The International Trickfilm Festival Stuttgart ‘88

The 4th International Trickfilm Festival Stuttgart ‘88 has grown into an event worthy of our full recognition. David Jefferson went along as an official guest and reports on what he found.

The Stuttgart Animation Festival, held between the 5th and 10th of February, is a relative newcommer to the international scene. It started in a small way in 1978 and has been held biennially since. The Festival was expanded this year as part of the Year of European Film, with the city of Stuttgart and the state each granting DM 100,000 (£33,000).

A British animated puppet film, Street of Crocodiles by the Brothers Quay, won the top prize of DM 10,000 (£3,300).

Another British film, Business by Vanessa J. Cuthbert, won the prize for the best student film. Vanessa is studying animation at the Royal College of Art in London.

Irish film maker Aidan Hicky won a prize for Inside Job. Two films from the south-west of England were particular audience favourites. Babylon from Bristol based Aardman Animation and Girls Night Out by Joanna Quinn, who is a member of the Cardiff Animation Workshop.

The other British entries were Hello Dad by Christoph Simon and Strangers in Paradise by Andy Staveley. These were both made at the Royal College of Art.

Hello Dad - Christoph Simon.

In recent years animated film has gained considerable ground in the German Federal Republic as well as in the Stuttgart region. Festival director Prof. Albrecht Ade observed: “The Stuttgart Festival has been a pioneer from the very beginning and now has a recognized place among the international animated film festivals.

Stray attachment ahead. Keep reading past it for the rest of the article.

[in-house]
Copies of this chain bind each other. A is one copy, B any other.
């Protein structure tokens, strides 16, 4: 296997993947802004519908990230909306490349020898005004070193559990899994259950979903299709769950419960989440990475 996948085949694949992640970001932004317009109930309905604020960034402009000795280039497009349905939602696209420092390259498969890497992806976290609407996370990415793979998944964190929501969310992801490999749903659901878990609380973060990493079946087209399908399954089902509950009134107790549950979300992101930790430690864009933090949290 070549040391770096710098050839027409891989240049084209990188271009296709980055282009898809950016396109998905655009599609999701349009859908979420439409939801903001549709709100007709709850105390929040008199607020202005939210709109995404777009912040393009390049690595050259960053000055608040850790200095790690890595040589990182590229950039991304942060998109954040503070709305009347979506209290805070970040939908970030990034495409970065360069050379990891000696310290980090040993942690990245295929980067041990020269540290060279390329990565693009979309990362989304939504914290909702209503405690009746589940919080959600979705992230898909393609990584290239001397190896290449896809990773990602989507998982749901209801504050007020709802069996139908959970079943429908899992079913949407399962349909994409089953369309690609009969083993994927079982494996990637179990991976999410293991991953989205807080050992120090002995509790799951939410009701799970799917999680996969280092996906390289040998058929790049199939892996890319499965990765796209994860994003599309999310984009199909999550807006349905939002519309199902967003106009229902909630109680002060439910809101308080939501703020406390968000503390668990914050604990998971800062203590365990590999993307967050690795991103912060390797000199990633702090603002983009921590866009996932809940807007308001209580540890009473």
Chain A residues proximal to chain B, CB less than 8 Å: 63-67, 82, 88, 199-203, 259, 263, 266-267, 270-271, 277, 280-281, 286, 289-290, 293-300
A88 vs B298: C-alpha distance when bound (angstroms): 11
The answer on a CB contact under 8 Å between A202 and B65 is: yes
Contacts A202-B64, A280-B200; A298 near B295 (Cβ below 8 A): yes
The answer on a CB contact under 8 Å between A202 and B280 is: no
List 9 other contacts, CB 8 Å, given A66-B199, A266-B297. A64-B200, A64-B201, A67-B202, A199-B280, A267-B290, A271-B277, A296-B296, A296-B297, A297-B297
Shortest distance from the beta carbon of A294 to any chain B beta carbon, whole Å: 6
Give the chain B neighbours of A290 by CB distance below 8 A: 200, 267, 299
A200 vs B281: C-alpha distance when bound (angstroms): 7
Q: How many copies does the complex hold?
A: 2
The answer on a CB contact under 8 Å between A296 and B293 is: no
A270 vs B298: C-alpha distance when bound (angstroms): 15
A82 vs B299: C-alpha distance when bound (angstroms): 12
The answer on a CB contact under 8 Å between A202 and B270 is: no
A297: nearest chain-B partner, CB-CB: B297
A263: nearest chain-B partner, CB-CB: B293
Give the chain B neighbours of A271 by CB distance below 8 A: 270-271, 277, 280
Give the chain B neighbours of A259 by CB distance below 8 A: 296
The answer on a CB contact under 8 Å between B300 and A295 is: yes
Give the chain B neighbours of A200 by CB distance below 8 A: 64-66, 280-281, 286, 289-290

“This initiative demonstrates that the Baden-Wurttemberg region and the city of Stuttgart have potential to grow in the media field given realistic planning and activity.” Ade commended the state of Baden-WUrttemberg for their promotion of music, the visual arts and the theatre and there is no doubt the citizens show a growing understanding of these cultural phenomena. “But for film, animated film, video film and video art as cultural media a comparable plan was lacking, in spite of the fact that the media as a service area urgently needs development in the Stuttgart region. Some things have improved in recent years, but the large field of the visual media, including film, photography and advertising, do not yet find a climate which can be taken for granted in a region of such economic strength.

Especially for film, there is no sensible overall planning. This is not a call for new subsidies, but a proposal for the concentration of resources and a reminder that the film cities of Munich and Berlin must not necessarily be promoted with money from Baden-WUrttemberg.”

Thomas Meyer-Hermann, a member of the film selection committee, drew our attention to an animated film from the Netherlands entitled Animation has no Borders, produced with the cooperation of filmmakers from 36 different countries. “The fine title reflects the emotions animated film makers from all over the world regularly feel when coming to a festival,” he said. “But, what does our everyday world look like?

“Whoever makes animated films has to fight prejudices. People like to put this media into ready-made boxes. Animated films must be made by Walt Disney or they must come from Eastern Europe. They are for children, or, if they are too brutal, for childish adults. Singing animals must appear or big-nosed little guys fighting against hell and high water or be a climax of personal commitment- cannon balls changing into peace pigeons.”

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